Widening access to Higher Education ‘needs to look beyond SIMD20’

Written by Carolyn Scott on 8 December 2017 in Feature

Event report: limits measuring deprivation by postcode 

In her 2014 Programme for Government, Nicola Sturgeon delivered perhaps one of the most ambitious goals around attainment and widening access to education: 

“I want us to determine now that a child born today in one of our most deprived communities will, by the time he or she leaves school, have the same chance of going to university as a child born in one of our least deprived communities.”

In measuring this, Sturgeon’s target is for 20 per cent of University entrants would come from the most deprived 20 per cent of the country by 2030.

That, in itself, is a troublesome indicator, Holyrood’s Widening Access to HE in 2018 event heard.

The Scottish Government's Scottish Index of Multiple Deprivation (SIMD) is the basis for a quantitative measure for attainment. SIMD20 refers to that most deprived 20 per cent of the country that the First Minister refers to, but this is a regional identifier as it uses postcodes. 

There may be some students living in a deprived area that are not from a disadvantaged background, and some students in very affluent areas that themselves do come from a disadvantaged background. 

Dr Elisabet Weedon, Deputy Director of the Centre for Research in Education, Inclusion and Diversity at the University of Edinburgh, told the Holyrood’s event that relying on SIMD data for assessing access to education not only posed regional problems, but could result in disabled students and care experienced students being excluded. 

“There’s a danger that you forget that there are different types of impairments and different social backgrounds of those students. I think that’s a big challenge, that we need to look more deeply at the differences between students.”

Weedon highlighted data that shows that at university level, a high proportion of students with specific learning difficulties such as dyslexia tend to come from a better off background, while data from schools shows an even spread of students with dyslexia across the SIMD background.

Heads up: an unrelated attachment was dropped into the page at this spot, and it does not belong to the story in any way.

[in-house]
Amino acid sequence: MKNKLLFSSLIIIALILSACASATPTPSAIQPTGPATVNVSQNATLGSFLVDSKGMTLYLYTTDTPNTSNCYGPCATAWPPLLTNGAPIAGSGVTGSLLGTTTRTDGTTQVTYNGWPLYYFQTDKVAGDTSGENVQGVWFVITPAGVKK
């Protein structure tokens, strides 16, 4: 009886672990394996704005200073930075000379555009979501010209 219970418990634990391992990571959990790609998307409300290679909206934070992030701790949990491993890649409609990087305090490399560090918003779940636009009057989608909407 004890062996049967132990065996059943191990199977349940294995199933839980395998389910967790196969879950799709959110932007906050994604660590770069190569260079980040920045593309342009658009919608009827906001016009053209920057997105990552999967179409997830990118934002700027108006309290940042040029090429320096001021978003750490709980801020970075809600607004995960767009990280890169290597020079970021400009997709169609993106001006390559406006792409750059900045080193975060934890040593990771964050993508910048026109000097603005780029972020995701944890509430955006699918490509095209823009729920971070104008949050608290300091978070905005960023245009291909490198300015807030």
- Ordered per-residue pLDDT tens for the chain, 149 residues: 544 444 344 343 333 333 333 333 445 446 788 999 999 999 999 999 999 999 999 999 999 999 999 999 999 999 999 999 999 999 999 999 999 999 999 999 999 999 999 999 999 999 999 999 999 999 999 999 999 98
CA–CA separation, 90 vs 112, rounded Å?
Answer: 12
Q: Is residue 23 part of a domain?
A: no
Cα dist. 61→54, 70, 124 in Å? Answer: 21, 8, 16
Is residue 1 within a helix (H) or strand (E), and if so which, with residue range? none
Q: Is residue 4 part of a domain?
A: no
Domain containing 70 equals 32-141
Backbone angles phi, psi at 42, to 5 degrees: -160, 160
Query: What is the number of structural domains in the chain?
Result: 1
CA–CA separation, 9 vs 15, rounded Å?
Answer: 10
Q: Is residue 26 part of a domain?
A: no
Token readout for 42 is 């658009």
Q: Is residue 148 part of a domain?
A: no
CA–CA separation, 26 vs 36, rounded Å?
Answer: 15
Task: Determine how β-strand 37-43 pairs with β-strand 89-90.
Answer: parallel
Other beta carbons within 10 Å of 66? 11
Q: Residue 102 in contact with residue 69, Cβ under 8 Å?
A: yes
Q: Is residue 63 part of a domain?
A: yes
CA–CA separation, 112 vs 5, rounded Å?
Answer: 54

“So what happens to the students with specific learning backgrounds who come from lower socio-economic backgrounds? What happens to them in terms of gaining access?” Weedon posed. 

Lesley Dunbar from the Scottish Wider Access Programme suggested it was “a little bit depressing” to still be talking about the flawed nature of the SIMD data: “We seem to have been talking about this for years and we don’t seem to be able to get past it.”

Dr Weedon suggested that perhaps a new discussion was needed on what could replace or supplement SIMD data to give a broader view of access needs. 

Shona Littlejohn, depute director for Student Experience and Widening Access at The Open University in Scotland, suggested that higher education institutions themselves need to take ownership of widening access by looking beyond SIMD20 data: “I think the idea of using a broader range of measures is really important, SIMD20 doesn’t really capture that broader approach to widening access.” 

Littlejohn added that while quantitative measures are needed to communicate what institutions are doing and achieving in terms of access, it needed to be supplemented by a more personal approach at institution level. 

“If we are truly committed to access then, in addition to the external reporting that we need to do, how do we also genuinely get a real handle on our own data? How do we genuinely understand what’s going on in our own institutions? How do we take ownership for that performance and what widening access means to us? And how do we develop a narrative that may include quantitative data, but also include qualitative data.” 

The Holyrood summit heard of numerous examples of initiatives that universities and communities had developed to widen access and supporting new pathways to university, from the Advanced Higher Hub at Glasgow Caledonian University to St Andrews University’s outreach in further education. 

But if widening access is judged purely on SIMD data, then many people will remain left behind. As David Faith, Policy and Learning Coordinator, Who Cares? Scotland highlighted:  “SIMD is not a good indicator for care experienced students. If you’re only looking at SIMD you’re definitely going to miss out a huge number of care experienced students.”

Whether SIMD is effective or not, those are the targets in place that Scotland’s 19 higher education institutions are working to. A recent report by principals’ body Universities Scotland promised to improve access through changing admissions criteria, linking more with colleges and, establishing more bridging programmes from school.

But if its success or failure is measured using SIMD, it could be hard to know how many of today’s babies will miss out on Sturgeon’s ambition.




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